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Use and Abuse of Science in the New Thought Movement

Date: 11-Jul-2008/23:29+3:00


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Note This is a draft, and I'm not sure I said quite what I wanted to say, but it is late. I will revisit it another time.
Frequently, science and technology will start demonstrating an amazing effect through the careful manufacture of new processes. That leads a certain type of person to capitalize on this, under questionable premises. We're all aware of the kind of quackery that banks on the credibility of scientific achievement, such as "magnetic Chi balancing rings":
Manfred Porkert was quoted in Wikipedia as saying:
...the term qi comes as close as possible to constituting a generic designation equivalent to our word "energy". When Chinese thinkers are unwilling or unable to fix the quality of an energetic phenomenon, the character qi inevitably flows from their brushes.
In this product, we see the unholy union of the undefined (or very loosely defined) with the narrowly-and-well-defined. Yet at some level, it is easy to see how some might view electro-magnetism as "verifying what the ancient cultures knew all along"...that power and energy flow through the universe in ways that the eye cannot see. Bolstering that argument is the sad fact that many materialists who would have dismissed the vague Chinese notions were equally slow to accept science's more empirically-testable field of electromagnetism, until it gained popular acceptance.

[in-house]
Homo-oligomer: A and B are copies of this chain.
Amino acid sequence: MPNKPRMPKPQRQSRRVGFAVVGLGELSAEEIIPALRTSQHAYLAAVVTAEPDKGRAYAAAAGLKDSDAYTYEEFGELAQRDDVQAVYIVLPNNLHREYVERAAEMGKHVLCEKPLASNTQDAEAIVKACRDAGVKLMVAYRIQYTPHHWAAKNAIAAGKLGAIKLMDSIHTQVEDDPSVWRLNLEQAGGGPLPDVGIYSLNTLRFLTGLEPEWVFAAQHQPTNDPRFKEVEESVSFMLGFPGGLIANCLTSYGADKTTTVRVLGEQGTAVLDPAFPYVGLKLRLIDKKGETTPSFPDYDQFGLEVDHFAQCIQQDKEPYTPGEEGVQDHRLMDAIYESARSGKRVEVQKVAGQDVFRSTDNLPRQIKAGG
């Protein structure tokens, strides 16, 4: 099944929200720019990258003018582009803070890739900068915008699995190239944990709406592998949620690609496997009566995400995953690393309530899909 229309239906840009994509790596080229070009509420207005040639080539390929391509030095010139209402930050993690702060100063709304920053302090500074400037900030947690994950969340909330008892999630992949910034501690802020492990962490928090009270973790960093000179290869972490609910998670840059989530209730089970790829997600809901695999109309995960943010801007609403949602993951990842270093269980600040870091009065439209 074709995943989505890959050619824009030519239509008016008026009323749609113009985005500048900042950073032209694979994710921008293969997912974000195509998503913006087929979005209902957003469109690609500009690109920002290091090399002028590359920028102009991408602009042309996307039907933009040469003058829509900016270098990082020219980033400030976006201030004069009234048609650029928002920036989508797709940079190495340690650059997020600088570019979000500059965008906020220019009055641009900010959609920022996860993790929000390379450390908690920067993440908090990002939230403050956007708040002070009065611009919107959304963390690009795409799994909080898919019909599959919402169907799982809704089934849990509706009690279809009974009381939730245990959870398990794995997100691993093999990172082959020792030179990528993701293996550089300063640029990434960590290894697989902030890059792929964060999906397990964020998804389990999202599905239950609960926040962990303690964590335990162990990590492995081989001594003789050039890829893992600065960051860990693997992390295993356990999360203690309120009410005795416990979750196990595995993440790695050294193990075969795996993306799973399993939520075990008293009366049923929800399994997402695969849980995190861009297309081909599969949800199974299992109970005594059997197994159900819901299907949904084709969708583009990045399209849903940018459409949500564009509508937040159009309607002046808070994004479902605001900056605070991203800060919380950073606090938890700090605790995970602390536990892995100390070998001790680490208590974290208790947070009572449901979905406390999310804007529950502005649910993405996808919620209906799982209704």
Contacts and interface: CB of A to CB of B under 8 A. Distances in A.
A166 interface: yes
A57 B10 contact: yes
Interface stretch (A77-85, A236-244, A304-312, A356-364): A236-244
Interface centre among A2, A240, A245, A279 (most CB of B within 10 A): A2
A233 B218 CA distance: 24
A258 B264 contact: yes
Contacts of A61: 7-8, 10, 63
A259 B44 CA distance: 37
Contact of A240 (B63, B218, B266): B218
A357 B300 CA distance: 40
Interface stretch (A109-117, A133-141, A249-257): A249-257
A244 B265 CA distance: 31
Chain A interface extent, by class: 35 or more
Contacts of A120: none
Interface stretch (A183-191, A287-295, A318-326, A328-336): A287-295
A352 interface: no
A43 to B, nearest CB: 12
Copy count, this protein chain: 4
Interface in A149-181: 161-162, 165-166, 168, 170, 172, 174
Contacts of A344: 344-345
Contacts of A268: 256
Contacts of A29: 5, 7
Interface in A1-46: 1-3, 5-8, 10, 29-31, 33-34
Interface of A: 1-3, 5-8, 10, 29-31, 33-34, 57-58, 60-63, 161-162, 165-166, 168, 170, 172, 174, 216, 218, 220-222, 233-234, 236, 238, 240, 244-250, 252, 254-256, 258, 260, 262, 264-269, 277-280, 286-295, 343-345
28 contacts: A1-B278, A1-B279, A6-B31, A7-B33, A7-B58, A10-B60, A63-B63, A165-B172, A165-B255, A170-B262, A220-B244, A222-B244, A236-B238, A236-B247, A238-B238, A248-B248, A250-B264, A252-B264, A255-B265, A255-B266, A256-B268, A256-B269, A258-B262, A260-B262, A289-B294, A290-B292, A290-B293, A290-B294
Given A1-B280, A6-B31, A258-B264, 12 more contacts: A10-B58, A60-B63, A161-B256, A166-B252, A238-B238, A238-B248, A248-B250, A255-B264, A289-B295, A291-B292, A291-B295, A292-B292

So it's not that the victims of these products are lacking in intuition. If anything, their intuition is strong--they know that it is possible for interactions invisible to the naked eye to affect our material situation. Without that belief, and the willingness to model things we cannot see with our eyes--could scientists have ever made the mental leap to even look for electromagnetism and radiation?
Clearly, for science to gain credibility with holistic thinkers, they must be aware of how their work is a refinement of certain ancient traditions. Otherwise they seem to have an attitude that evokes Jack Handey's Deep Thought:
We tend to scoff at the beliefs of the ancients. But we can't scoff at them personally, to their faces, and this is what annoys me.
When scientists seem too daft about recognizing and legitimizing intuition, people are not happy and start looking elsewhere for validation. Eventually they find someone who will sell them an interpretation that suits their cosmic notion of "what they always knew was true". Hence, things like magnetic rings.
A great example of a perplexingly weird movie that distorts a lot of buzzwords and scientific research to such speculative ends is What the Bleep Do We Know.
Despite the movie's rather grand distortion of Quantum Mechanics, some of it was done pretty well, including this basic explanation of particle wave/duality in a cartoon...